Peta Mayer, ‘Just how open is open source?’, ArtsHub, 24 August 2014
While art institutions across the globe provide access to high-res image collections, Australian galleries are slow on the uptake.
While the internet provides widespread accessibility to information, frustration can be exacerbated when obstacles occur. Such is often the case when you want to download a high-resolution image to use for creative or educational purposes. Despite the fact that many personal and professional projects are not for immediate commercial gain, a wealth of different restrictions have conspired to prohibit the use of many images in public collections or online.
In many international collections, however, barriers are now being removed to allow access to images that have previously been restricted.
In 2013, Los Angeles’s Getty Museum released approximately 10,000 high-resolution images for public use without fees or restrictions.
At the time, Getty CEO and President Getty President, James Cuno, commented: ‘The web is such that people will get the images and do with them what they wish, and it’s impractical to police the Internet. So we wanted to recognize that and be certain that we had the best quality images available and with the most accurate information attached to them.’
Cuno said that the revenue the museum previously raised from licensing and use of the images was not sufficiently large enough to discourage the institution from moving to an open-content policy.
More recently, the Metropolitan Museum of Art released 400,000 high-resolution, digital images of its collection into the public domain. The Met’s new policy comes under their Open Access for Scholarly Content (OASC) program. According to The Met, the released images comprise those which the museum believes to be in the public domain and free of other known restrictions. On site, the released images are identified by an icon with the letters OASC. Images associated with these artworks can be downloaded for license- and cost-free scholarly and academic publication, according to the site’s terms and conditions.
Britain’s National Portrait Gallery is another collection that offers free downloads for academic and non-commercial uses, following approval being granted by the gallery for a free academic license. The gallery’s criteria covers private research & study; classroom use; reproduction in a thesis; and publication inside academic/non-commercial books with print runs of up to 3,000 copies.
To download from the National Portrait Gallery, choose the image you want here, click ‘use this image’, then select the Academic Licence. Users are required to register their details, and once approved, the image can be downloaded. The gallery can only offer the Academic Licence for portraits they hold the copyright to, so it will not be available for images where there are third-party rights.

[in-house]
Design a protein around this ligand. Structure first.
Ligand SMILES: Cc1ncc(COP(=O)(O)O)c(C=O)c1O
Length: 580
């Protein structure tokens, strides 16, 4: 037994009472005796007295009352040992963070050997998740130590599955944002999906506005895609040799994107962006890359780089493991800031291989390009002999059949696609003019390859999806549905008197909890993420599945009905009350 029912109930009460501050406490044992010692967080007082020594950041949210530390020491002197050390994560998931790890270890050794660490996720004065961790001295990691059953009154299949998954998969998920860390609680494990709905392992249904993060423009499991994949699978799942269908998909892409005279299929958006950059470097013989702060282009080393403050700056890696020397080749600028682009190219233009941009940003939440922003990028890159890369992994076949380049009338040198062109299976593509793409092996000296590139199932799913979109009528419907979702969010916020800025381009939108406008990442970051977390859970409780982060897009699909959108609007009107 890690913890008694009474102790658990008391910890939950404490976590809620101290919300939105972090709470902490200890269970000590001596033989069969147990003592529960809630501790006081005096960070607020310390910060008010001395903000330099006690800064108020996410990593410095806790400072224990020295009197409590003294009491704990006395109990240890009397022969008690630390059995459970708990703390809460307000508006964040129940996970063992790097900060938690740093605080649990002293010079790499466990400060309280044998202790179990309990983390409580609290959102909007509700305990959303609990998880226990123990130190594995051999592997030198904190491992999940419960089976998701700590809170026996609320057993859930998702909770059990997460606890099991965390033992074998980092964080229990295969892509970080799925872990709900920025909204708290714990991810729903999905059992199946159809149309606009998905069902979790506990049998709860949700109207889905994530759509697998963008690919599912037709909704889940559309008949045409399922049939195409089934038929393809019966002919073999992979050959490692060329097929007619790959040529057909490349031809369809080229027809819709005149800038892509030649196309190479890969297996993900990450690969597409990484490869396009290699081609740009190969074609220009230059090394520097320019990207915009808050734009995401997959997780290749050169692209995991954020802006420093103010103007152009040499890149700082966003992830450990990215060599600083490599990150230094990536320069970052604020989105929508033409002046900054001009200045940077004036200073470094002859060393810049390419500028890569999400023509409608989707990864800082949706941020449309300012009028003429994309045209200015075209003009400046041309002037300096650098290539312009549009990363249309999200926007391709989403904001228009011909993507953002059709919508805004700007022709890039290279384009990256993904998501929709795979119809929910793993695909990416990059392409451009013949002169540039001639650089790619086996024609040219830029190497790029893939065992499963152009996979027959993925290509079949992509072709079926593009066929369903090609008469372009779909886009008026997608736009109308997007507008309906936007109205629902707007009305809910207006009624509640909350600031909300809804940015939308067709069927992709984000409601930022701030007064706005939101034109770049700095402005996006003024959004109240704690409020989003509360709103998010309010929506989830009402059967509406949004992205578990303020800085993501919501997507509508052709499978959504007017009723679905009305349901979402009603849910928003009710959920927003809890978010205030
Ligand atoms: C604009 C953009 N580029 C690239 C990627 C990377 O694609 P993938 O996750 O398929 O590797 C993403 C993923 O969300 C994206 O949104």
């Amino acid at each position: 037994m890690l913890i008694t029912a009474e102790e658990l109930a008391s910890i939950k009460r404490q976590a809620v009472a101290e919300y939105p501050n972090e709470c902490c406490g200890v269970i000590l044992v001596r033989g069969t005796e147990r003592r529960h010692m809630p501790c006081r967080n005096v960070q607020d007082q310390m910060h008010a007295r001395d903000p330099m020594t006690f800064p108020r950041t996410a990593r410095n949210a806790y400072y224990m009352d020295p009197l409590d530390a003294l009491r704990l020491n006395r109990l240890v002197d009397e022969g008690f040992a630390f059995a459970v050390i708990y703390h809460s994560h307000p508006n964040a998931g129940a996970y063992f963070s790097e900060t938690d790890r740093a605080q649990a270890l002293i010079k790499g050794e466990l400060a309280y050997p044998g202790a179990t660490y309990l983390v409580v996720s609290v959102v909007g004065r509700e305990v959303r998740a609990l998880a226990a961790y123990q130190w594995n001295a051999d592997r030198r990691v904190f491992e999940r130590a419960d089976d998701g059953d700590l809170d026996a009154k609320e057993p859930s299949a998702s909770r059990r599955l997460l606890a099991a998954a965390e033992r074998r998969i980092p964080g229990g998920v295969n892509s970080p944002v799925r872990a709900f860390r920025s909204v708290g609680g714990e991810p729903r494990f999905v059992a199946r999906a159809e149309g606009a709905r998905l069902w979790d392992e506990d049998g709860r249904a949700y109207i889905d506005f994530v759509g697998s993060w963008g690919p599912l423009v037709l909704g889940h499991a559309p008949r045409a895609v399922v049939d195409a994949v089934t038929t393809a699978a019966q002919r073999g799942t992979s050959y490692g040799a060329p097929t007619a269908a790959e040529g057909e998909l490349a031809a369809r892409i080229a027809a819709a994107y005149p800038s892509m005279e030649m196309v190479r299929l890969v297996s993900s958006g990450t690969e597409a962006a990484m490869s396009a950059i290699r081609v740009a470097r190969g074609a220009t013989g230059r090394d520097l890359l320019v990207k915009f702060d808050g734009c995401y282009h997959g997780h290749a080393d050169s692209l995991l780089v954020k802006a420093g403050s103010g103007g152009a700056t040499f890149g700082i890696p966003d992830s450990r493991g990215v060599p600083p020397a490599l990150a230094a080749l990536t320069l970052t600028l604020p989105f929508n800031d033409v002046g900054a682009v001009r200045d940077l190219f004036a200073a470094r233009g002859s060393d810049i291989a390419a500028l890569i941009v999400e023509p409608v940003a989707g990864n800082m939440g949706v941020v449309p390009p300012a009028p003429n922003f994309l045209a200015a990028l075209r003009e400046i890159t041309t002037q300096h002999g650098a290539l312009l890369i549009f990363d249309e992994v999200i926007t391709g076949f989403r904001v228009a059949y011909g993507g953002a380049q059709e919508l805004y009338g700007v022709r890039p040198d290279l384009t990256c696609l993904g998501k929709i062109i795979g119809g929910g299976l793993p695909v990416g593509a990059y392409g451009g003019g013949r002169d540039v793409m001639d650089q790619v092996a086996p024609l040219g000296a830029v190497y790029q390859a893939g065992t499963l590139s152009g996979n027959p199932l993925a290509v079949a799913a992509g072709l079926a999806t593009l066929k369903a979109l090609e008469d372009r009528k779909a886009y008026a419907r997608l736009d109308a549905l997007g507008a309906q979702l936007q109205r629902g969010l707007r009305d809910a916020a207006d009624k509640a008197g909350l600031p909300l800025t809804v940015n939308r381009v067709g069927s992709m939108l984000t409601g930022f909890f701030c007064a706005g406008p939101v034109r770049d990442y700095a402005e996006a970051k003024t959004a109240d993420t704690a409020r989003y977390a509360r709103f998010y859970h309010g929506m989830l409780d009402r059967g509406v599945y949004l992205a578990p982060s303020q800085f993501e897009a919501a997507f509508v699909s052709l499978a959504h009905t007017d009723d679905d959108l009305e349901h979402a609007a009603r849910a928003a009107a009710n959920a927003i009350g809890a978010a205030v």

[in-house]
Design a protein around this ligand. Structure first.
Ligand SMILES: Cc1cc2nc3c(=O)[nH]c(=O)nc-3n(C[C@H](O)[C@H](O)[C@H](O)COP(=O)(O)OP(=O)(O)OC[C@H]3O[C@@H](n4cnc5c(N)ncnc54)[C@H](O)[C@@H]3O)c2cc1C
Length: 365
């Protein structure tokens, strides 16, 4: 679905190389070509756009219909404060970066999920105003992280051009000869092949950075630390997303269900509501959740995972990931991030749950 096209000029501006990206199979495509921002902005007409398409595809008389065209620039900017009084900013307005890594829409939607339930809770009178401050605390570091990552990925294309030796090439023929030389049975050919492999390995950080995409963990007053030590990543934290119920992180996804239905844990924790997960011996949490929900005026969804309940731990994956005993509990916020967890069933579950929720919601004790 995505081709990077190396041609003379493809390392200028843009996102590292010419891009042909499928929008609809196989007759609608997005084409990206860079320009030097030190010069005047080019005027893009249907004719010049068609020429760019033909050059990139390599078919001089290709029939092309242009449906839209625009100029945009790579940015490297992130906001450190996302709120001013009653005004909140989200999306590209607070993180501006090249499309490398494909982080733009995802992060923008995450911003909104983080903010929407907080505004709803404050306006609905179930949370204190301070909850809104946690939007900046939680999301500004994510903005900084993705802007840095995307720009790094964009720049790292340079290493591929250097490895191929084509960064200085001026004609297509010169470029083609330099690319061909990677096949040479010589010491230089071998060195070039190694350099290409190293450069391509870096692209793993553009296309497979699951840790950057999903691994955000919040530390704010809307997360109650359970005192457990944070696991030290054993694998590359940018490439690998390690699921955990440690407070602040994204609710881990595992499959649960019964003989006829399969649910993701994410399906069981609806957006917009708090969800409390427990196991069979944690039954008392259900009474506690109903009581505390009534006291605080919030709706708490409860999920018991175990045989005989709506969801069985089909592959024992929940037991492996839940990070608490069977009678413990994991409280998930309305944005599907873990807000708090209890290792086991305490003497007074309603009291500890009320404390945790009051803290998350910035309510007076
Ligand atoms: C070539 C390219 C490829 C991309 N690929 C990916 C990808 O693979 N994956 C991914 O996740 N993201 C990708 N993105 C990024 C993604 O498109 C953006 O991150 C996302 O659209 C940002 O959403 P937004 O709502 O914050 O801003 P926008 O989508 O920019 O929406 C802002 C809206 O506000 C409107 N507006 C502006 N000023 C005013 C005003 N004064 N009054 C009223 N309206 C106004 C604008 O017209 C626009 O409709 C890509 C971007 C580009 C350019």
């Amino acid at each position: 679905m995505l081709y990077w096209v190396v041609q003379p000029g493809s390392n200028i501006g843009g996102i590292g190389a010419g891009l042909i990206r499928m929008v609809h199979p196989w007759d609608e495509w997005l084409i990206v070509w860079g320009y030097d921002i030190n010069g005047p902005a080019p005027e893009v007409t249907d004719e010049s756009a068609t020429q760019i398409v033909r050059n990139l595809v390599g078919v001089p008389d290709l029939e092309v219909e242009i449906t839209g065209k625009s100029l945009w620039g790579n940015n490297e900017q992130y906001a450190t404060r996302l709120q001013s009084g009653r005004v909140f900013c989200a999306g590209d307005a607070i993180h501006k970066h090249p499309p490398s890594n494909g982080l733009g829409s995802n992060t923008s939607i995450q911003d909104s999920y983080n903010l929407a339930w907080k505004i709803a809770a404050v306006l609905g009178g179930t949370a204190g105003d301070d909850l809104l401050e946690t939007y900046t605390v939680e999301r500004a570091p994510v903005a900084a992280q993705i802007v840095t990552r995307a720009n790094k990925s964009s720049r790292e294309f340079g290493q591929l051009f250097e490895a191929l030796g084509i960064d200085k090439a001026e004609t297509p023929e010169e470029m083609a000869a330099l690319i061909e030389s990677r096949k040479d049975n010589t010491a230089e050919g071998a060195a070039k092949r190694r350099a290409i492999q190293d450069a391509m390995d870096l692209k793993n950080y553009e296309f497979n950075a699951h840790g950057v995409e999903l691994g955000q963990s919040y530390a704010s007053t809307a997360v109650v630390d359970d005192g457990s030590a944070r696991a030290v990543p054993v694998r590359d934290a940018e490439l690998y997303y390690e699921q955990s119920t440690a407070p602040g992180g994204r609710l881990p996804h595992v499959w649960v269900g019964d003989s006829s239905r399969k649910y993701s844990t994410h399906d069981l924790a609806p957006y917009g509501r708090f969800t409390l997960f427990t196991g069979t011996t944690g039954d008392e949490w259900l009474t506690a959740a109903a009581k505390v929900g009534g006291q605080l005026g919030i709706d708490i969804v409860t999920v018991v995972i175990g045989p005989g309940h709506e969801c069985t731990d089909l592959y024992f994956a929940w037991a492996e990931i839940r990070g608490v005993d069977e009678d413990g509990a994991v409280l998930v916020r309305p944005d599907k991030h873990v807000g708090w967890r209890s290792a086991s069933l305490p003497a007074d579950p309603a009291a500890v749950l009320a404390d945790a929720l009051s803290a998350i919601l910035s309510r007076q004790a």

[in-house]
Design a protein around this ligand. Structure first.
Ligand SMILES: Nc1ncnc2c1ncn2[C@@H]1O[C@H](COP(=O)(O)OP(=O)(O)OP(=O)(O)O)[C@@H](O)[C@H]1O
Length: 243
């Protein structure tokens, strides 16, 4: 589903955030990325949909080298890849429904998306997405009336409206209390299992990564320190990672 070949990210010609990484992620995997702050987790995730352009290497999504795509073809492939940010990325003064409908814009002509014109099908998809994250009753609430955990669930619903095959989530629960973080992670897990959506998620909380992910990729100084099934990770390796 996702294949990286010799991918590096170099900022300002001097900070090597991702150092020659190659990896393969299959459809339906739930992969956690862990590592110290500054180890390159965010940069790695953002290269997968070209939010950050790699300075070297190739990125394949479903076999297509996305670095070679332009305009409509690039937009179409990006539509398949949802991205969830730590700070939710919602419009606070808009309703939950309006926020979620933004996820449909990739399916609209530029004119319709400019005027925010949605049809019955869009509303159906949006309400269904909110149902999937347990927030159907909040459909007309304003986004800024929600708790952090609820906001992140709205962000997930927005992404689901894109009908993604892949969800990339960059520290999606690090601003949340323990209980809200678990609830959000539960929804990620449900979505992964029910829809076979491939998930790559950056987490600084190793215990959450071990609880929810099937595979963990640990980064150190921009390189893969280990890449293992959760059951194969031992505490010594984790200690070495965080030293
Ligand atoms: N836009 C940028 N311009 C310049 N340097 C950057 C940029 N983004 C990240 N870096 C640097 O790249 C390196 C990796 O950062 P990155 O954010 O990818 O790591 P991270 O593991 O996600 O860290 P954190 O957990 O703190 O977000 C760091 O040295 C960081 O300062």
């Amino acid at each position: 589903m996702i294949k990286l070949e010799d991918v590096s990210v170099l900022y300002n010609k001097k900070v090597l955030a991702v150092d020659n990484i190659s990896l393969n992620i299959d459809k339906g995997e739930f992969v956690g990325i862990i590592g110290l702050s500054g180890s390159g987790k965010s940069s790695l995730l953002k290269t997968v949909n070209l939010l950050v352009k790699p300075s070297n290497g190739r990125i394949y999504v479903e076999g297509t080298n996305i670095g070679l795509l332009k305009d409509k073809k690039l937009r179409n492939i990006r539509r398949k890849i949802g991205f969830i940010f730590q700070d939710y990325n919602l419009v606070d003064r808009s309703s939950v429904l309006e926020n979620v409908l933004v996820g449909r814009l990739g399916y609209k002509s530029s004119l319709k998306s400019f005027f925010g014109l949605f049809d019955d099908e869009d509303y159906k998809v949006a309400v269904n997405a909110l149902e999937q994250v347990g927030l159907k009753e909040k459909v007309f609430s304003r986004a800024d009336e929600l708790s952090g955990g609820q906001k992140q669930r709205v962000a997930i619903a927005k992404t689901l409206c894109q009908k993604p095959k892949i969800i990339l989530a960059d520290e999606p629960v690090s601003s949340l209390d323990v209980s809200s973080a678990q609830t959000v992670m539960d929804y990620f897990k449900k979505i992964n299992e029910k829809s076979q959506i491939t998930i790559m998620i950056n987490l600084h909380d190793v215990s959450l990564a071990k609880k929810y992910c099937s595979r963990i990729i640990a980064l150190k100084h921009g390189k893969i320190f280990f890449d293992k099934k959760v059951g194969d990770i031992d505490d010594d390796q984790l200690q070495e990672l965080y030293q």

In Australia, the State Library of Victoria (SLV), the Melbourne Museum and the Powerhouse museum are among those with strong digitization and access policies.
The SLV’s digital preservation policy states: ‘The Library has an active digitisation program resulting in an expanding digital collection and adheres to legal requirements specified in the Commonwealth Copyright Act 1968 (as amended) with specific reference to sections 51A, 51B, 110A, 110B, 112, 112AA and 200AB.’ In this case, as with overseas institutions, copyright is the issue rather than any reluctance towards access and digitization.
Similarly, the Melbourne Museum walks the fine line between providing access and protecting artists. In their policy on rights, they state ‘Museum Victoria aims to make its material accessible to the public. Museum Victoria also intends to protect its intellectual property and the intellectual property of others.’ The Melbourne Museum does not make access to images completely freely available however, users are required to send in an image request form.
Sydney’s Powerhouse Museum is a pioneer of the flickr commons project in which they provide access to images from their three main historic collections where there is no known copyright on the images in question. They also encourage users to engage and interact with the collections by contributing knowledge and adding their own tags to the images.
Therefore, while open source is bound by copyright laws (which, according to the US Copyright Office does not extend to ‘works produced by nature, animals, or plants,’ nor purportedly created by a divine or supernatural being’) it is also still hindered in some cases by institutional protocols and current policy. In particular, where key Australian institutions could expand their services to reach a global audience, galleries appear slow to get on board.
Currently the National Gallery of Australia’s digital services extends to offering users the capacity to order and pay for purchasing digital prints.
And when asked about their plans to provide digital access to the collection, a spokesperson from the National Gallery of Victoria said ‘We don’t have an existing policy but will consider it should the need arise in future.’
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